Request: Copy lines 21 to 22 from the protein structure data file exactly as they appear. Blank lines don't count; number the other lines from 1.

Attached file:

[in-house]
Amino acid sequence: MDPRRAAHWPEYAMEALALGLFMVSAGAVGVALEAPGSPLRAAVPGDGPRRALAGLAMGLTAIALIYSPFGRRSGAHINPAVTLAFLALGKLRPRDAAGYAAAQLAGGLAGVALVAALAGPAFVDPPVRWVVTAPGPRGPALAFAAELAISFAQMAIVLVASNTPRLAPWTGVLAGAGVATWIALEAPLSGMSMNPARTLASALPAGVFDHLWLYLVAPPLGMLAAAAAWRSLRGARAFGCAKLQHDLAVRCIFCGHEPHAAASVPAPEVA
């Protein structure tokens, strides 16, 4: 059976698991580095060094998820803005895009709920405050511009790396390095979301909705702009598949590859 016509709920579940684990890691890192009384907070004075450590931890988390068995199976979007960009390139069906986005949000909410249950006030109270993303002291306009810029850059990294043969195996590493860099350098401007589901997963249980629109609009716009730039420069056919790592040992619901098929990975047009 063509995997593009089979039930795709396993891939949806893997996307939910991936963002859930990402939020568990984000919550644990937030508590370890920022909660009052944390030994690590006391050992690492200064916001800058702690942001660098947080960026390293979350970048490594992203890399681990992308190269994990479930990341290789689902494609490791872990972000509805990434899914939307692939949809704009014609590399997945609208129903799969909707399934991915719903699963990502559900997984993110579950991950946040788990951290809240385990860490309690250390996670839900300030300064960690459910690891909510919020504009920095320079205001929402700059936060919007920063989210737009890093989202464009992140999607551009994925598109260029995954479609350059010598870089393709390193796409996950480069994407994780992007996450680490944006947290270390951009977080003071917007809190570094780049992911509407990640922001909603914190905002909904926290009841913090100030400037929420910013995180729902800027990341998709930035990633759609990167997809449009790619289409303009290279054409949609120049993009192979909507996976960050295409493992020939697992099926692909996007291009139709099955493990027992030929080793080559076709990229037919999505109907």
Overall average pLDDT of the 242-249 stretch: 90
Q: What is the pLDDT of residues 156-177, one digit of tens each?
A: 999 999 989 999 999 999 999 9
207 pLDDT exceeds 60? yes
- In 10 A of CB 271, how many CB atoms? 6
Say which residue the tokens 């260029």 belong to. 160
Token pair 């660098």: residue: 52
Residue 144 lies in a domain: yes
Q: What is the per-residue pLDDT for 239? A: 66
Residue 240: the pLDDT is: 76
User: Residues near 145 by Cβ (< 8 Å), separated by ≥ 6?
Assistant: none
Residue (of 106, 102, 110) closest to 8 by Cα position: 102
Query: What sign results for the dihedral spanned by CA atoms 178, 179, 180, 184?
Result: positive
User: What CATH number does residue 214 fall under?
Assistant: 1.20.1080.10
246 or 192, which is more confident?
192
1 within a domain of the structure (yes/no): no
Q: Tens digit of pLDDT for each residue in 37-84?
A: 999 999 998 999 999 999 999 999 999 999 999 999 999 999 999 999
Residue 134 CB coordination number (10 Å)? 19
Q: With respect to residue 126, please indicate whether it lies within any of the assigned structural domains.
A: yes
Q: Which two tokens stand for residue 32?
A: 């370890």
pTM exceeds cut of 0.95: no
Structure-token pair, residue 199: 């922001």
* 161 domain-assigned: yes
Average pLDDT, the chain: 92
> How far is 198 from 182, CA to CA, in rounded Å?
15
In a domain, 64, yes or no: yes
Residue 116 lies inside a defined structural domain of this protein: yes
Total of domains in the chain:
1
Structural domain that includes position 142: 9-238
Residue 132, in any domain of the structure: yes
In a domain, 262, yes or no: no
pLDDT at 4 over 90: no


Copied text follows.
246 or 192, which is more confident?
192